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December 13, 2017
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The joy of sleeping in

This is an Austrian postcard from 1901.
Contributed photo

By Isabel Braverman

Listed under the Special Skills section of my resume are ballet, cooking and sleeping in. Just kidding. But really, if sleeping in were an Olympic sport, I would get a gold medal. If you wanted to give me a present, you should give me a day where I can sleep in. As The Postal Service (the band, not the mail delivery system) said, “Don’t wake me; I plan on sleeping in.”

It feels as if I used to sleep in all the time, as my non-full-time-job lifestyle afforded me such joy. But I suppose that’s not quite true. In high school, I would have to wake up at 6 a.m. or some time when the sun wasn’t up due to my hour-long bus ride (yes, that’s how we do it in the country). And then on Saturdays I woke up at 8 a.m. to go to dance rehearsal for the day. In college there were some days when I would have an 8 a.m. class, and some days when my first class was at 6 at night. This allowed for a very flexible sleeping schedule, which I miss, oh so much. And now I wake up at 8 a.m. every day, Monday through Friday. One would think I would have gotten used to waking up so early (and trust me, I know some people get up even earlier than I do); but, oh no. If I could sleep in every day I would. However, getting only one or two days a week to sleep in makes it all the more special.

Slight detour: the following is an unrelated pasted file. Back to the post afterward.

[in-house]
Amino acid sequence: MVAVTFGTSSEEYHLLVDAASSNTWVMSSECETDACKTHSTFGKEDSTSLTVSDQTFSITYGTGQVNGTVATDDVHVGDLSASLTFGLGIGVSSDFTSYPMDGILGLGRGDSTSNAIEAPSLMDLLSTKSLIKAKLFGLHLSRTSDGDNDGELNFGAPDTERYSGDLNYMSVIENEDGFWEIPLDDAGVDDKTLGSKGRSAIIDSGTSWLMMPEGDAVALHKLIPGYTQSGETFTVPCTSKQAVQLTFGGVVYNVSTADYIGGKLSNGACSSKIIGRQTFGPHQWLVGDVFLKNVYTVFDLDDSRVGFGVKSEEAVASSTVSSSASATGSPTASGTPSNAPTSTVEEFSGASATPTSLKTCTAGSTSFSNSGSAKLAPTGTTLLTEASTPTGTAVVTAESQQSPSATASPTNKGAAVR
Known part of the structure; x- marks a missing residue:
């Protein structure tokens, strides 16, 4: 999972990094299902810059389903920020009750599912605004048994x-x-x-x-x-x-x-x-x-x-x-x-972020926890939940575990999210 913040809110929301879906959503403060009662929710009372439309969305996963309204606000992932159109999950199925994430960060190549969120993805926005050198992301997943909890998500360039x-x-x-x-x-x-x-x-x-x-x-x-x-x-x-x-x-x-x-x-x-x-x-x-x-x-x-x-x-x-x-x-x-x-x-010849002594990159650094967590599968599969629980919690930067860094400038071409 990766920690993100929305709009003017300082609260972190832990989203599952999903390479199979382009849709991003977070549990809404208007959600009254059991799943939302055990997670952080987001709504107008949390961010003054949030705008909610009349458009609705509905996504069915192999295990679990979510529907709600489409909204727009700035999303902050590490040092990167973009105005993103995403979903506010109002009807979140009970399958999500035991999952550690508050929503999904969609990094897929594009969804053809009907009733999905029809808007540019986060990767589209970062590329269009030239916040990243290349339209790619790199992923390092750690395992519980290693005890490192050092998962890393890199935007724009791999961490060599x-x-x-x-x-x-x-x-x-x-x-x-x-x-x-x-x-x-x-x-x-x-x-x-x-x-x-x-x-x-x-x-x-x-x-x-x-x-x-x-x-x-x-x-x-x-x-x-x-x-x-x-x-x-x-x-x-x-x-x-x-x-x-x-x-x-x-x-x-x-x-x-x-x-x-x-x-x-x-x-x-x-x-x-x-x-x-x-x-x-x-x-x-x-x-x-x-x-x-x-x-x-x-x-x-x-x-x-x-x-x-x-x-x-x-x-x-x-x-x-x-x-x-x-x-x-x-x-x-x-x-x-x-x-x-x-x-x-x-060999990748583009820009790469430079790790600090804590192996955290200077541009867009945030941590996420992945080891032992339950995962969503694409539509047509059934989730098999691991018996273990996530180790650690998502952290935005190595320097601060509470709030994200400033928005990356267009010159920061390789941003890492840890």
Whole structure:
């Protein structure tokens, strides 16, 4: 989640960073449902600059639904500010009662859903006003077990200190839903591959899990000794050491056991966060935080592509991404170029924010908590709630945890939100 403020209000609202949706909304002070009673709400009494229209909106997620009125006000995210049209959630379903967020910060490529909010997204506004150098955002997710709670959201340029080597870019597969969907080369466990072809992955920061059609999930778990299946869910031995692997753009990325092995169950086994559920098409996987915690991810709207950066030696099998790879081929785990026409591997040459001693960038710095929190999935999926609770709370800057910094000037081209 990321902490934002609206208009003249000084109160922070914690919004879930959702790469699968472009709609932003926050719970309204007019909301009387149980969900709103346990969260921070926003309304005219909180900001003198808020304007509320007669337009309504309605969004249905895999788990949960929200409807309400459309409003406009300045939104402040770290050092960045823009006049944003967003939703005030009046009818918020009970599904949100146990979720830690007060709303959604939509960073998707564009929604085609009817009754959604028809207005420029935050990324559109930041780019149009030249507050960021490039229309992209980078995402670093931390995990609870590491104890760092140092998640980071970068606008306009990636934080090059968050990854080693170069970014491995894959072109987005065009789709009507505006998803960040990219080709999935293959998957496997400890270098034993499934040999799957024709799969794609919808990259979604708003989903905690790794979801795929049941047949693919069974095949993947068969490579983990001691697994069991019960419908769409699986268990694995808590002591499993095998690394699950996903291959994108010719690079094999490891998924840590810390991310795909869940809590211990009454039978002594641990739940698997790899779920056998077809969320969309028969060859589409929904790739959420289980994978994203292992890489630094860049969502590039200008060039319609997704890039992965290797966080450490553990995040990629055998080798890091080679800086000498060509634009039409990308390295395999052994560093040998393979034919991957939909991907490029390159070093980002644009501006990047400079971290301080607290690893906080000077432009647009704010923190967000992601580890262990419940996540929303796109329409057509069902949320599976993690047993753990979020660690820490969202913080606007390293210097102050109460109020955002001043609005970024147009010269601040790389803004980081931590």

If you feel the same way, you should relish in the glory of sleeping in. Here is how it should be done. Wake up to the silence of no annoying ringing alarm clock. Take the time to open your eyes, look at the clock, and then not care about what time it is (or don’t look at the clock at all). Now close the shades, pull the covers up, and sink your head back into that wonderfully cushiony pillow. You can lie there and think about anything you want, like whether or not your significant other will want to get brunch as much as you do, or think of the title of your best-selling memoir. Close your eyes and drift slowly back to sleep. Then, sleep and sleep until you want to. If I can’t fall back asleep, I’ll just lie there and daydream, or cuddle with my cat.

Sometimes, I feel the need to justify why I slept in. “Oh, well I worked really hard yesterday,” or, “I slept in so I’ll have the energy to clean the house today.” These things may or may not be true. The truth is, you don’t need an excuse to sleep in. As Nike says, “Just do it!”